Tamarind offers three locations for your convenience. Whether you are looking for a casual or 'step above' atmosphere, we can offer both for you. Whichever location you choose, you will have the best quality food and great service which we are proud of.
The chefs at Zaiaka draw on their knowledge of 1,000-year-old recipes to fill their menu with authentic Indian dishes, which they say helped earn them a 2012 Readers' Choice Gold Award for Best Ethnic Food from Trib Total Media. They cook vegetarian dishes including palak paneer, house-made cheese cubes and fresh spinach cooked in ground spices, and vegetable biryani, the chef's specialty rice entree. Naan bread baked in the eatery’s clay tandoor pairs with rogan josh, lamb cooked in a gravy of aromatic spices. During dinner, the dining area swells with soft music, which is punctuated with the clink of wineglasses full of beverages brought from home. Like a maitre d’ arriving late to work, the dark tables are draped in white tablecloths, and light flutters across the rich tapestries that cover the walls.
Saffron Patch in the Valley makes Indian cuisine accessible to Akronites?but no less complex or authentic. There are a few intensely spicy dishes on the menu, such as chicken vindaloo and lamb madras, but for the most part there's nothing tongue-searing; kids even get their own menu of mild but not dumbed-down options. Curry powder's more or less an afterthought among the 38 herbs and spices in regular use in Saffron Patch's kitchen. In addition to mesquite-fired, tandoori-baked chicken and lamb, you'll find seafood options such as smoked salmon and mahi mahi. Vegetarians can savor classic dishes such as cubes of paneer cheese in creamy spinach, made by in-house culinary cubists, and charbroiled eggplant.
Both Saffron Patch locations are tucked away into unexpected residential blocks. The excitement of stumbling onto a hidden treasure makes the spaces?decked in low-lit tones of brick red, sunset orange, and, naturally, saffron yellow?feel all the warmer.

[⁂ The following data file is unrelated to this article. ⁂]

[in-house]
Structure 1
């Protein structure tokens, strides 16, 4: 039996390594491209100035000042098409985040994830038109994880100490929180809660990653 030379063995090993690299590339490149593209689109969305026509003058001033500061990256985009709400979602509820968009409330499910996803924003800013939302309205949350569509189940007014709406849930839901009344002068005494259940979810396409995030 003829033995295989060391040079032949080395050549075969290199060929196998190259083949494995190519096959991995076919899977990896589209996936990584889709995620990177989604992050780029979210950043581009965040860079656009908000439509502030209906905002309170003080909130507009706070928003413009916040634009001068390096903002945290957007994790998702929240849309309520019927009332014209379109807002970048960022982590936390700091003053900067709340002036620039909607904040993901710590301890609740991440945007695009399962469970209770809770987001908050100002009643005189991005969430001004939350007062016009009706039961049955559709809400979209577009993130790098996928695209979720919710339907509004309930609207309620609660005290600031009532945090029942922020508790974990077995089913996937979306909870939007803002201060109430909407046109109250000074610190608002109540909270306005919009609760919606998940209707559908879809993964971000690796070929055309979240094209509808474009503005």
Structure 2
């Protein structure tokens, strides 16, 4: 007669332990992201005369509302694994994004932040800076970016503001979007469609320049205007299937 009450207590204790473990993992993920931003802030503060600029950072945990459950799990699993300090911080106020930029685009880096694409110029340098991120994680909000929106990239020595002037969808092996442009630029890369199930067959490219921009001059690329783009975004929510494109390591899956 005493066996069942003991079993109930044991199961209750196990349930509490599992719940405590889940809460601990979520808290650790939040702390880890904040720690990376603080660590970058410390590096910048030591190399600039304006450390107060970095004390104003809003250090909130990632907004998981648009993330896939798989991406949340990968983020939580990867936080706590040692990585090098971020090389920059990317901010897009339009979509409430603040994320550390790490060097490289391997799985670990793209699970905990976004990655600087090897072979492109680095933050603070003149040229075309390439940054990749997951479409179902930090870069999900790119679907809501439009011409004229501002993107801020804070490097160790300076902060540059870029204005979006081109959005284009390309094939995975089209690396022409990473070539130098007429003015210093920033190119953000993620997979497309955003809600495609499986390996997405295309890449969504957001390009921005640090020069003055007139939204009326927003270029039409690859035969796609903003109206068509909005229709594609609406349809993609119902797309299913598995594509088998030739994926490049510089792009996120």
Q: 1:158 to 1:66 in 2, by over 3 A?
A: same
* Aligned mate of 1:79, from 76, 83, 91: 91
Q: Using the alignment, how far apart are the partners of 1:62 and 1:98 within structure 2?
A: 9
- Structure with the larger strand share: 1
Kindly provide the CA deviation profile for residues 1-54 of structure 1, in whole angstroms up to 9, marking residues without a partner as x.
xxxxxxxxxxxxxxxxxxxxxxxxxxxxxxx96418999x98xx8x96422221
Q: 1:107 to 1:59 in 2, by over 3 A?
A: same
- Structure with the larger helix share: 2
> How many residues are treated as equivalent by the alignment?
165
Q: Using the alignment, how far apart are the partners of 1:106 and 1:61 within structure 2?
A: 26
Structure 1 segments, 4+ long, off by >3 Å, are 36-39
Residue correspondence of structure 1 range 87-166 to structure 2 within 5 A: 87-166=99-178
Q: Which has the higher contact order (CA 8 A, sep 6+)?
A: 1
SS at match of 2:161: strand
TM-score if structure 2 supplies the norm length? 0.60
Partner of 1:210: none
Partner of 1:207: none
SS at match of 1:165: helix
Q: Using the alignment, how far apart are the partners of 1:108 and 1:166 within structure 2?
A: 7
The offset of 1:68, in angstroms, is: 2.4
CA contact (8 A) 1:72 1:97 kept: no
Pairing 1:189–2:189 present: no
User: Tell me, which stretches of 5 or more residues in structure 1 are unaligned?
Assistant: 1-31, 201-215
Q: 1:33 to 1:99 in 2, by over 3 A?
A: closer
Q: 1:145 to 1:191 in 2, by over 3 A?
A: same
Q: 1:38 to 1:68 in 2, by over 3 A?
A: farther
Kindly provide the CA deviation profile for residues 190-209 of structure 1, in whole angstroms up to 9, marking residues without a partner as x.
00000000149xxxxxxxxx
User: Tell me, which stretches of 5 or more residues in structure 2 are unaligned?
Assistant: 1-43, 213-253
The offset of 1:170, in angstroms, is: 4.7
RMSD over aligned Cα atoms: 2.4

Helmed by a head chef who has accrued experience in India and along the East Coast, Mirchi's culinary team forges a menu of traditional, regional eats made with halal meats and fresh ingredients. Soft, fluffy garlic naan and roti made from scratch soak up the delicate yogurt sauces of lamb and goat curries. Indo-Chinese entrees present hakka-style noodles and gobhi manchurian—cauliflower whirled in a tomato-soy sauce. Mirchi’s BYOB policy and free WiFi lets diners feast alongside self-supplied libations and celebrity cat blogs, while its proximity to an Indian grocer lets guests stock up on ingredients to recreate their meals at home.
A wall of exposed brick adds rustic character to the casual dining room at Prince of India, where booths and long tables load up with meats and breads from the tandoori oven. The chefs also simmer rich curries, biryani, and masala dishes, brightened with accents of mango and crunches of cashew.
Kohinoor Indo-Pak Cuisine welcomes patrons into its world of Indian-Pakistani fare seven days a week. Diners sit atop wooden chairs as they devour meals ranging from kebabs to curries, all aptly paired with tandoori-baked naan. Art lines the dining area's walls, and a mounted flat-screen TV gives patrons somewhere to show off their channel-changing psychic powers. The BYOB eatery's chefs also prepare feasts for special occasions, which can be celebrated in the restaurant's private event space or catered to another location.